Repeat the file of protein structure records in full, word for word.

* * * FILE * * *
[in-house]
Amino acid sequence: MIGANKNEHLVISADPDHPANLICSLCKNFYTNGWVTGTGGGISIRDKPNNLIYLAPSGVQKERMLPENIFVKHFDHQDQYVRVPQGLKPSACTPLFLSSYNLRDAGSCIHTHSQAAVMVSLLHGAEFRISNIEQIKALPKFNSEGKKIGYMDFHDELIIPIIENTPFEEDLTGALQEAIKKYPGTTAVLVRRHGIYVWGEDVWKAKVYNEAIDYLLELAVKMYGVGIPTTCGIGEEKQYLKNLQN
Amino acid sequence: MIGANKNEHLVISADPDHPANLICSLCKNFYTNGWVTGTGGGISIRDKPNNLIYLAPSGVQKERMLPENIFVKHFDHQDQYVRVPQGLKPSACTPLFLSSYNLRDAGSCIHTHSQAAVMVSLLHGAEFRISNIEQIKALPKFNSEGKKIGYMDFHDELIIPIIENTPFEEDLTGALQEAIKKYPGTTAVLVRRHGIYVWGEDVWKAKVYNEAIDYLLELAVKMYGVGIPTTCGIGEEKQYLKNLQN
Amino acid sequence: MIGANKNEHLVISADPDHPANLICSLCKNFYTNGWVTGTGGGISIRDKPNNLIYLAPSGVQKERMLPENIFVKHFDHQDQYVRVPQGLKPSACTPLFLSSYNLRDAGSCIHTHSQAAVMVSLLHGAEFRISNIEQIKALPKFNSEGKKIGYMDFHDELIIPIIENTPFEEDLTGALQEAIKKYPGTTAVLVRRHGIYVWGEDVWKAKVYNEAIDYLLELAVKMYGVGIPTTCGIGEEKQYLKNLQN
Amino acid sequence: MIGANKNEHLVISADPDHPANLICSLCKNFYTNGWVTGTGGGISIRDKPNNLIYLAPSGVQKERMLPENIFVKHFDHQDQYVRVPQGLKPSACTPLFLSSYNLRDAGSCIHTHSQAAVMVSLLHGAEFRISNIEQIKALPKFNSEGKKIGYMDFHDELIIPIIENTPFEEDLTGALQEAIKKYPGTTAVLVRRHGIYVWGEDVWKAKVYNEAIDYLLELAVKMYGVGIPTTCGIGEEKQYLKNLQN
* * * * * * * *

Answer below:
[in-house]
Amino acid sequence: MIGANKNEHLVISADPDHPANLICSLCKNFYTNGWVTGTGGGISIRDKPNNLIYLAPSGVQKERMLPENIFVKHFDHQDQYVRVPQGLKPSACTPLFLSSYNLRDAGSCIHTHSQAAVMVSLLHGAEFRISNIEQIKALPKFNSEGKKIGYMDFHDELIIPIIENTPFEEDLTGALQEAIKKYPGTTAVLVRRHGIYVWGEDVWKAKVYNEAIDYLLELAVKMYGVGIPTTCGIGEEKQYLKNLQN
Amino acid sequence: MIGANKNEHLVISADPDHPANLICSLCKNFYTNGWVTGTGGGISIRDKPNNLIYLAPSGVQKERMLPENIFVKHFDHQDQYVRVPQGLKPSACTPLFLSSYNLRDAGSCIHTHSQAAVMVSLLHGAEFRISNIEQIKALPKFNSEGKKIGYMDFHDELIIPIIENTPFEEDLTGALQEAIKKYPGTTAVLVRRHGIYVWGEDVWKAKVYNEAIDYLLELAVKMYGVGIPTTCGIGEEKQYLKNLQN
Amino acid sequence: MIGANKNEHLVISADPDHPANLICSLCKNFYTNGWVTGTGGGISIRDKPNNLIYLAPSGVQKERMLPENIFVKHFDHQDQYVRVPQGLKPSACTPLFLSSYNLRDAGSCIHTHSQAAVMVSLLHGAEFRISNIEQIKALPKFNSEGKKIGYMDFHDELIIPIIENTPFEEDLTGALQEAIKKYPGTTAVLVRRHGIYVWGEDVWKAKVYNEAIDYLLELAVKMYGVGIPTTCGIGEEKQYLKNLQN
Amino acid sequence: MIGANKNEHLVISADPDHPANLICSLCKNFYTNGWVTGTGGGISIRDKPNNLIYLAPSGVQKERMLPENIFVKHFDHQDQYVRVPQGLKPSACTPLFLSSYNLRDAGSCIHTHSQAAVMVSLLHGAEFRISNIEQIKALPKFNSEGKKIGYMDFHDELIIPIIENTPFEEDLTGALQEAIKKYPGTTAVLVRRHGIYVWGEDVWKAKVYNEAIDYLLELAVKMYGVGIPTTCGIGEEKQYLKNLQN